I have several problems with Niven, Pournelle, & Co.'s vision. Like many science fiction writers of renown, they are in the Far Right pro-tech faction, and are conservatives in the worst sense They are naive about power, even though they heave in a quote from some Lord Acton imitator about its effects. My unease starts perhaps in Lucifer's Hammer, where the only group opposed to the Champions of Truth, Justice, and Authority is a ragtag band of cannibals, environmentalists and Christian cultists, who are, even worse, largely black, and from the inner cities. It is almost the same in Oath: anyone who expresses some qualm about living in the Hive, as it is called, are bigots, Know-Nothings, or maniacs. The heroes, the Good Guys, are obedient to "duly constituted" authority, and this authority is omniscient (in Oath the managers get brain implants that hook them up to the omniscient computer), benevolent, and wise beyond measure.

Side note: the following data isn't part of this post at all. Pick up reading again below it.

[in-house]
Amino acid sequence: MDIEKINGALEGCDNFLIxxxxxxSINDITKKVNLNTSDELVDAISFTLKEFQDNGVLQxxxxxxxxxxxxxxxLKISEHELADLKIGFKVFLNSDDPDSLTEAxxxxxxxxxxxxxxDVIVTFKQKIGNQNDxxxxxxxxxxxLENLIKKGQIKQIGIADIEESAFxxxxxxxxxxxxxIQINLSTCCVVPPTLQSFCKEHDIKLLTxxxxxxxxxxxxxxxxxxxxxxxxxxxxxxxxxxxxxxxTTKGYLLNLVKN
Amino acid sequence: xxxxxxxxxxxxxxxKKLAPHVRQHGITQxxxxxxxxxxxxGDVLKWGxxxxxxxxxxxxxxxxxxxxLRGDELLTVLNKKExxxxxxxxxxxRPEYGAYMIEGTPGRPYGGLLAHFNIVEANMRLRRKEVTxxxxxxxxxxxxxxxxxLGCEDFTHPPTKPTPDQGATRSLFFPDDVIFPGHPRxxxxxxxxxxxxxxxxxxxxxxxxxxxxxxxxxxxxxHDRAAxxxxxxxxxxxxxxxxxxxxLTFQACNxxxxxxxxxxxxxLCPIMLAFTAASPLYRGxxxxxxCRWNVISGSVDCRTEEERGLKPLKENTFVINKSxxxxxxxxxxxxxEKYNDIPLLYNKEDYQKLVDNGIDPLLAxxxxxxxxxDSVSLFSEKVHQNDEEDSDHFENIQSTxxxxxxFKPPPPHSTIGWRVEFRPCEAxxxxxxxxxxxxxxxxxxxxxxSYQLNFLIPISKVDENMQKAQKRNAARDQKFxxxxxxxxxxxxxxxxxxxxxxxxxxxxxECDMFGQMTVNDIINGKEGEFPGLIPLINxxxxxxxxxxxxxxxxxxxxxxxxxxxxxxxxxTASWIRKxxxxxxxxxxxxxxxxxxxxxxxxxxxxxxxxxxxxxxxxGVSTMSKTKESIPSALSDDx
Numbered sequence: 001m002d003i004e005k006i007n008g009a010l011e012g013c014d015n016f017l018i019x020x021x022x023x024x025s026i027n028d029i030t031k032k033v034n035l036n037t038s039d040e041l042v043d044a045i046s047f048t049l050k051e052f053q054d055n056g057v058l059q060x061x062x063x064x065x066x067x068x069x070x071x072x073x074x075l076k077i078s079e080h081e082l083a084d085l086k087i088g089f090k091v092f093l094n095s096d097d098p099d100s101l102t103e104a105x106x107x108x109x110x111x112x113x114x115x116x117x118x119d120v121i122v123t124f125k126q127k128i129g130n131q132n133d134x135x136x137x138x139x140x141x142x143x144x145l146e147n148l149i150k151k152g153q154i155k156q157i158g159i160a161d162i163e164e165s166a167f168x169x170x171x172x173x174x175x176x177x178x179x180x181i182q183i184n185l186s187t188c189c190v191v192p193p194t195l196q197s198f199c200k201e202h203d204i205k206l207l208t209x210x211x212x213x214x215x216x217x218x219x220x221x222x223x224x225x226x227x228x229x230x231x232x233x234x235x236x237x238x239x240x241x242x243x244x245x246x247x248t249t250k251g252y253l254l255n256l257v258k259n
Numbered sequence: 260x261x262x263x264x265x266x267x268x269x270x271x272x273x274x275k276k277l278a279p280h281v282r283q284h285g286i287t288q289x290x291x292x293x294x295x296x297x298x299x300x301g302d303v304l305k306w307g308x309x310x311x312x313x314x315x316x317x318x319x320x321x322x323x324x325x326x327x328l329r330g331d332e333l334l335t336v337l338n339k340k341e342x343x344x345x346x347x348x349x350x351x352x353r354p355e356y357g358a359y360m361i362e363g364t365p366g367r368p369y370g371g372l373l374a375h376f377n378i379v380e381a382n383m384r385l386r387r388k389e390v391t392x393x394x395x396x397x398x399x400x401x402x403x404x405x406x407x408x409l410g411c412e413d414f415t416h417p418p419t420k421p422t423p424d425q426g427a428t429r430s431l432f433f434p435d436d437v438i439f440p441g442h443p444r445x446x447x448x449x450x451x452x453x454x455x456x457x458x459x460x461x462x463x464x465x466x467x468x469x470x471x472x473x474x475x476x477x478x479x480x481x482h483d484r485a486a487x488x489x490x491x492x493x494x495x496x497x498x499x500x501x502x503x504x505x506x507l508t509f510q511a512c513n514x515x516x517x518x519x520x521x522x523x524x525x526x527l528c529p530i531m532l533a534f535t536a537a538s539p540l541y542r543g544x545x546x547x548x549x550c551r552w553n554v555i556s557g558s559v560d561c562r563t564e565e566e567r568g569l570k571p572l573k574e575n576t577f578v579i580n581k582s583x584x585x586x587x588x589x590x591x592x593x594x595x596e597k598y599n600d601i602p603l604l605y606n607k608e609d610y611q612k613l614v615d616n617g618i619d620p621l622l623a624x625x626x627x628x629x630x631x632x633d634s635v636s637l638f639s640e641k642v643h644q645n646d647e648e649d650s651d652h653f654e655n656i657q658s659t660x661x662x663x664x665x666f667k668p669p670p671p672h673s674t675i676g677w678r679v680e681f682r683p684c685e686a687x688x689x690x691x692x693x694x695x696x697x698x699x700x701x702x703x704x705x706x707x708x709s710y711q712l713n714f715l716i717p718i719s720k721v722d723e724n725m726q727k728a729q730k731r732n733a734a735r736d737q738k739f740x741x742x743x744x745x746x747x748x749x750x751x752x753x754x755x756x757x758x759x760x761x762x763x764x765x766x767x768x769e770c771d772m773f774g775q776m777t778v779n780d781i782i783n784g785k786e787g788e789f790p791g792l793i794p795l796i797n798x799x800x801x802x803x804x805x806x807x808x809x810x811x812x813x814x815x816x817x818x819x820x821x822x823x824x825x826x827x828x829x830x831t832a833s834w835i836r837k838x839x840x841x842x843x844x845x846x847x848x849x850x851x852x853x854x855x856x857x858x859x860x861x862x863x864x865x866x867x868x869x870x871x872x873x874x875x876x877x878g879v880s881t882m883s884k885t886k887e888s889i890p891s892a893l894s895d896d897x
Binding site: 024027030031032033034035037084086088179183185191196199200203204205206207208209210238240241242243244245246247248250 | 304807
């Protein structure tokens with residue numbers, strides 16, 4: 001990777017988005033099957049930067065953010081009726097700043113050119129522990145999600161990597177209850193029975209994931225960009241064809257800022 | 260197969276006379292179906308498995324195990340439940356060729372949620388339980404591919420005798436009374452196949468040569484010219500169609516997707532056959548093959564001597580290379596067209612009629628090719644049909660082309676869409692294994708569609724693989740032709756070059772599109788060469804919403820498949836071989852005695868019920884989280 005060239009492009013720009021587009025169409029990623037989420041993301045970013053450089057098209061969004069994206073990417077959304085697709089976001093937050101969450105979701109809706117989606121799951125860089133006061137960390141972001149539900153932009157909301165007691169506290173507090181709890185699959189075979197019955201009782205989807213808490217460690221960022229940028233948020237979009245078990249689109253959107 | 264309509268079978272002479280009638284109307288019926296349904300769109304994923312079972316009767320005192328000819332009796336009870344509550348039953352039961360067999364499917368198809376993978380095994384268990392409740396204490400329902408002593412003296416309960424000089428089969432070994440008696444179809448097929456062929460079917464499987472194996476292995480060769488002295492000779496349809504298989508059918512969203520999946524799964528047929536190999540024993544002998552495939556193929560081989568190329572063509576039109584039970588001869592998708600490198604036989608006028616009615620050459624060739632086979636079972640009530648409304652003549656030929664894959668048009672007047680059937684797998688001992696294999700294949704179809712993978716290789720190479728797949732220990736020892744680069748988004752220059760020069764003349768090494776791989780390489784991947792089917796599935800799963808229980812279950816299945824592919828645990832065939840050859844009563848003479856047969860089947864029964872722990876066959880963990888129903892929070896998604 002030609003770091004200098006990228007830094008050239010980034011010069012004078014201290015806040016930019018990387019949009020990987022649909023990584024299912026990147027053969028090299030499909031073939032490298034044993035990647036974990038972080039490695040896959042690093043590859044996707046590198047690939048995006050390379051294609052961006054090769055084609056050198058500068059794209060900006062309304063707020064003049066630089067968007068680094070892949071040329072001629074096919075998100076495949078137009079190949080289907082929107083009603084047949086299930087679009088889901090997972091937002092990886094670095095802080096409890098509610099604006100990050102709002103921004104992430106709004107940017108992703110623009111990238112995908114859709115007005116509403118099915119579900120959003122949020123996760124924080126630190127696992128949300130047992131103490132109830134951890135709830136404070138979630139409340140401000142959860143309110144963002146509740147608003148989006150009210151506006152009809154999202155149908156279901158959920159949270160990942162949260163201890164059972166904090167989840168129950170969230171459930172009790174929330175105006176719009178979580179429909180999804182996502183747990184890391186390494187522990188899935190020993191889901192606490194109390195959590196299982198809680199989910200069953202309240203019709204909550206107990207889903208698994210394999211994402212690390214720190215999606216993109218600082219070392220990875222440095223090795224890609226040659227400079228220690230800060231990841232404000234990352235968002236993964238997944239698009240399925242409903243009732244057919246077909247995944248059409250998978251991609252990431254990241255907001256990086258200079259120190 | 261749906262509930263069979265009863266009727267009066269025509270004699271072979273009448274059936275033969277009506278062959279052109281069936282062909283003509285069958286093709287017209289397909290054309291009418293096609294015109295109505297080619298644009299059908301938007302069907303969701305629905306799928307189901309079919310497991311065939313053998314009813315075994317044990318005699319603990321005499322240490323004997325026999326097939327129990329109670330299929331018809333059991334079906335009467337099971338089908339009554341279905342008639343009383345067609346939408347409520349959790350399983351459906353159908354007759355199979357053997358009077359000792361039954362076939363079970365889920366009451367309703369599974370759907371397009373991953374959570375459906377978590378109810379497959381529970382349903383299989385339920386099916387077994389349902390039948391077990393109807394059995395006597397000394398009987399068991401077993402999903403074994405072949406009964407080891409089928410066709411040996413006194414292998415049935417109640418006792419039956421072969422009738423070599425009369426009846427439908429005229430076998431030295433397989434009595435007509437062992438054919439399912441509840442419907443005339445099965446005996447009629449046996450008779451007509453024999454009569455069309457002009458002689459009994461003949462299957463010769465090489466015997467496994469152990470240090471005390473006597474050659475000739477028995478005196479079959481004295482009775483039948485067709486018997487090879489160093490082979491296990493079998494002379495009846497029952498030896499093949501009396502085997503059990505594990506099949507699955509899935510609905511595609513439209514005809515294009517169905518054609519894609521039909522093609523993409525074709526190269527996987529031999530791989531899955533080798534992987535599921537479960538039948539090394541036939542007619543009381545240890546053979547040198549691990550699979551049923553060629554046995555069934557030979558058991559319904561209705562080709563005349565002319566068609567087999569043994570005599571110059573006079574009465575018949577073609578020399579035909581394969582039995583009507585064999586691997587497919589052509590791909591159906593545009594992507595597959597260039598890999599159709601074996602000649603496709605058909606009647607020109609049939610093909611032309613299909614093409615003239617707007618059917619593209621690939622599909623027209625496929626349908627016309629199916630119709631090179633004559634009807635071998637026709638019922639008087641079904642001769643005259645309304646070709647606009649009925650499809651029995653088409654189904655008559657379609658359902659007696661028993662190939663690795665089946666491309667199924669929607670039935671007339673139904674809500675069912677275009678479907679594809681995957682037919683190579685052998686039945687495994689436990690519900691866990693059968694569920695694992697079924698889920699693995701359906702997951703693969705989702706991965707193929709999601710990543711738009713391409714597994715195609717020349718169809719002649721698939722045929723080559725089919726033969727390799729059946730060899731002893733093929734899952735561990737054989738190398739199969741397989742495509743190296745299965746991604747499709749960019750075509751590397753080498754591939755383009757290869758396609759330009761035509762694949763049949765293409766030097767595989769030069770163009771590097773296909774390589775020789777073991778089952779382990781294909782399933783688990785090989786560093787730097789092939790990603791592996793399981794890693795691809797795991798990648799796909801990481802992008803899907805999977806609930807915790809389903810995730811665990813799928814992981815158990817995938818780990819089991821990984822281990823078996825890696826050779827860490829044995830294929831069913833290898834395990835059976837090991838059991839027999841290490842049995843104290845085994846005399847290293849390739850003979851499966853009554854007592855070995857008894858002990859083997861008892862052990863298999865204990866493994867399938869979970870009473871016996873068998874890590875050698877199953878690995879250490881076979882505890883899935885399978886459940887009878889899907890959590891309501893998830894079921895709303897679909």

It becomes positively obnoxious when Niven and Pournelle start tossing around libertarian arguments for that section of their audience, oh, it's clear; no one's rights are being violated except through the actions of the despicable Enemy; all the residents freely chose to live in the techno-feudal slave camp of the future; commerce is voluntary; the benefits are real. For instance, the city has negotiated a bargain that exempts all its people from filing taxes with any government; taxes are paid to some distant American state but it comes out of the price of the rent.